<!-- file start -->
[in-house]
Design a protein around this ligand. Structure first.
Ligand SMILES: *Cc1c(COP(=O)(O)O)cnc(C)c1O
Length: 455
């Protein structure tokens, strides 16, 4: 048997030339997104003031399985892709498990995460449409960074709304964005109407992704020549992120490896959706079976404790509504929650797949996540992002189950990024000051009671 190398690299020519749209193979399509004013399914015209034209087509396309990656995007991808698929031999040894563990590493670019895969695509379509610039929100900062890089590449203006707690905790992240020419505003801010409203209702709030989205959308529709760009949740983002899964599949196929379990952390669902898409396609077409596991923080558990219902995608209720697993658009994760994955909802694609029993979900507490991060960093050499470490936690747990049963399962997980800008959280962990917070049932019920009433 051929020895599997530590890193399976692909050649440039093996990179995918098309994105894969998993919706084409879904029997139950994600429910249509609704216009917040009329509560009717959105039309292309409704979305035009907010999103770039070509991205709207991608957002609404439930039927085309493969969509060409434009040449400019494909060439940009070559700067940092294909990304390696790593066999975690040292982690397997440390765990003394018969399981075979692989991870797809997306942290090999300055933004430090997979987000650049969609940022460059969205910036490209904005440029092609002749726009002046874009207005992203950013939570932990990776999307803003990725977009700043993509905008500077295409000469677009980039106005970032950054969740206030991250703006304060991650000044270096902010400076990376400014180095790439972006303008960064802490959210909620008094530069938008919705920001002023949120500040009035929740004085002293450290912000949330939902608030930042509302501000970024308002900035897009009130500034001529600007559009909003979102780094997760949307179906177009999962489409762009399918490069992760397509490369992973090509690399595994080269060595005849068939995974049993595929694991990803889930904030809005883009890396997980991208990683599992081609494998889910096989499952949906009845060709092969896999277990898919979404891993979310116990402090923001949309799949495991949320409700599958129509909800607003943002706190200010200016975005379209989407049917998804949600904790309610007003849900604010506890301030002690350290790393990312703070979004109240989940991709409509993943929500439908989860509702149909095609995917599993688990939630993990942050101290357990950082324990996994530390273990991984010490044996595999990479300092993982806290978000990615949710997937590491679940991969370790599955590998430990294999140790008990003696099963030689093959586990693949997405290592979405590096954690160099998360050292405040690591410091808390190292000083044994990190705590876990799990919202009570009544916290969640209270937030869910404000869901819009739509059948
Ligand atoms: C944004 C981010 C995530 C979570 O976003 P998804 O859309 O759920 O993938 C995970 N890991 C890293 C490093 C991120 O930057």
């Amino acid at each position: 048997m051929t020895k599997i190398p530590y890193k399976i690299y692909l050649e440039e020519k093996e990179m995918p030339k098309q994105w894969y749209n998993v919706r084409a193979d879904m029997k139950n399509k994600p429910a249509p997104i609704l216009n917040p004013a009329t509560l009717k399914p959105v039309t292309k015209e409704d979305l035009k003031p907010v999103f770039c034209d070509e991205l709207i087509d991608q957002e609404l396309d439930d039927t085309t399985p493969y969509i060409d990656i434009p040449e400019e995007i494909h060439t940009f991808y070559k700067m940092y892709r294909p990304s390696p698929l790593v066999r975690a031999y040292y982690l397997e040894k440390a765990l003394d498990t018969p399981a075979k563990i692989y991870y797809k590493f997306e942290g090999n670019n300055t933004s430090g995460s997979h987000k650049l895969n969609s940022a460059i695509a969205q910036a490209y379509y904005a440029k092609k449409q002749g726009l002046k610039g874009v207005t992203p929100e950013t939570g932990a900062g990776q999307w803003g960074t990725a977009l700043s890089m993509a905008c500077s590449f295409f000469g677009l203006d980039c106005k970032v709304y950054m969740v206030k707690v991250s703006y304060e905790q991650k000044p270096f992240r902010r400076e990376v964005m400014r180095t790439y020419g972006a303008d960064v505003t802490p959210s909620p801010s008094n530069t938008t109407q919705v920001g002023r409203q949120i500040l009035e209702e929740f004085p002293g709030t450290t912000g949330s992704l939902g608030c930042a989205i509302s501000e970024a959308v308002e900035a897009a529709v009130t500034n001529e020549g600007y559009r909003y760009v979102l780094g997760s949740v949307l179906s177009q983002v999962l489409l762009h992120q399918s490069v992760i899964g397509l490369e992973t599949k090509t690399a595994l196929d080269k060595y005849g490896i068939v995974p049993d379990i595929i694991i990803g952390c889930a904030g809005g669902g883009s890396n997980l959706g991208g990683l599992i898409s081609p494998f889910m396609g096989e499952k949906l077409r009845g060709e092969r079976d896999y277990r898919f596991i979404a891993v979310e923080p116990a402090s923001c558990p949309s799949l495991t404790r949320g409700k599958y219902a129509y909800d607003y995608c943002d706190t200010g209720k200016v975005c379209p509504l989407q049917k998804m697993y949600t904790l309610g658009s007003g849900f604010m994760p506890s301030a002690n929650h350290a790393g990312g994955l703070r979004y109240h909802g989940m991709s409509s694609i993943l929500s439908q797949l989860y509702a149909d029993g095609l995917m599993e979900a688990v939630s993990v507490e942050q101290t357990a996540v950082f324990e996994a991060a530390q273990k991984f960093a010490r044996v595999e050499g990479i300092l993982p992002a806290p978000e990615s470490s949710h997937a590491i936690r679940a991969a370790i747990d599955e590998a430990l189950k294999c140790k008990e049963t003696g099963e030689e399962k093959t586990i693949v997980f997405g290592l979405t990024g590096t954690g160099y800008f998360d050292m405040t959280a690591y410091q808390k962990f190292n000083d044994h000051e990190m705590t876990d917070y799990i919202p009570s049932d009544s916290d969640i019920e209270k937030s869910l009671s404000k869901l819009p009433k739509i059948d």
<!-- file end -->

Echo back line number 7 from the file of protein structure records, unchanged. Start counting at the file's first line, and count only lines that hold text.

């Amino acid at each position: 048997m051929t020895k599997i190398p530590y890193k399976i690299y692909l050649e440039e020519k093996e990179m995918p030339k098309q994105w894969y749209n998993v919706r084409a193979d879904m029997k139950n399509k994600p429910a249509p997104i609704l216009n917040p004013a009329t509560l009717k399914p959105v039309t292309k015209e409704d979305l035009k003031p907010v999103f770039c034209d070509e991205l709207i087509d991608q957002e609404l396309d439930d039927t085309t399985p493969y969509i060409d990656i434009p040449e400019e995007i494909h060439t940009f991808y070559k700067m940092y892709r294909p990304s390696p698929l790593v066999r975690a031999y040292y982690l397997e040894k440390a765990l003394d498990t018969p399981a075979k563990i692989y991870y797809k590493f997306e942290g090999n670019n300055t933004s430090g995460s997979h987000k650049l895969n969609s940022a460059i695509a969205q910036a490209y379509y904005a440029k092609k449409q002749g726009l002046k610039g874009v207005t992203p929100e950013t939570g932990a900062g990776q999307w803003g960074t990725a977009l700043s890089m993509a905008c500077s590449f295409f000469g677009l203006d980039c106005k970032v709304y950054m969740v206030k707690v991250s703006y304060e905790q991650k000044p270096f992240r902010r400076e990376v964005m400014r180095t790439y020419g972006a303008d960064v505003t802490p959210s909620p801010s008094n530069t938008t109407q919705v920001g002023r409203q949120i500040l009035e209702e929740f004085p002293g709030t450290t912000g949330s992704l939902g608030c930042a989205i509302s501000e970024a959308v308002e900035a897009a529709v009130t500034n001529e020549g600007y559009r909003y760009v979102l780094g997760s949740v949307l179906s177009q983002v999962l489409l762009h992120q399918s490069v992760i899964g397509l490369e992973t599949k090509t690399a595994l196929d080269k060595y005849g490896i068939v995974p049993d379990i595929i694991i990803g952390c889930a904030g809005g669902g883009s890396n997980l959706g991208g990683l599992i898409s081609p494998f889910m396609g096989e499952k949906l077409r009845g060709e092969r079976d896999y277990r898919f596991i979404a891993v979310e923080p116990a402090s923001c558990p949309s799949l495991t404790r949320g409700k599958y219902a129509y909800d607003y995608c943002d706190t200010g209720k200016v975005c379209p509504l989407q049917k998804m697993y949600t904790l309610g658009s007003g849900f604010m994760p506890s301030a002690n929650h350290a790393g990312g994955l703070r979004y109240h909802g989940m991709s409509s694609i993943l929500s439908q797949l989860y509702a149909d029993g095609l995917m599993e979900a688990v939630s993990v507490e942050q101290t357990a996540v950082f324990e996994a991060a530390q273990k991984f960093a010490r044996v595999e050499g990479i300092l993982p992002a806290p978000e990615s470490s949710h997937a590491i936690r679940a991969a370790i747990d599955e590998a430990l189950k294999c140790k008990e049963t003696g099963e030689e399962k093959t586990i693949v997980f997405g290592l979405t990024g590096t954690g160099y800008f998360d050292m405040t959280a690591y410091q808390k962990f190292n000083d044994h000051e990190m705590t876990d917070y799990i919202p009570s049932d009544s916290d969640i019920e209270k937030s869910l009671s404000k869901l819009p009433k739509i059948d």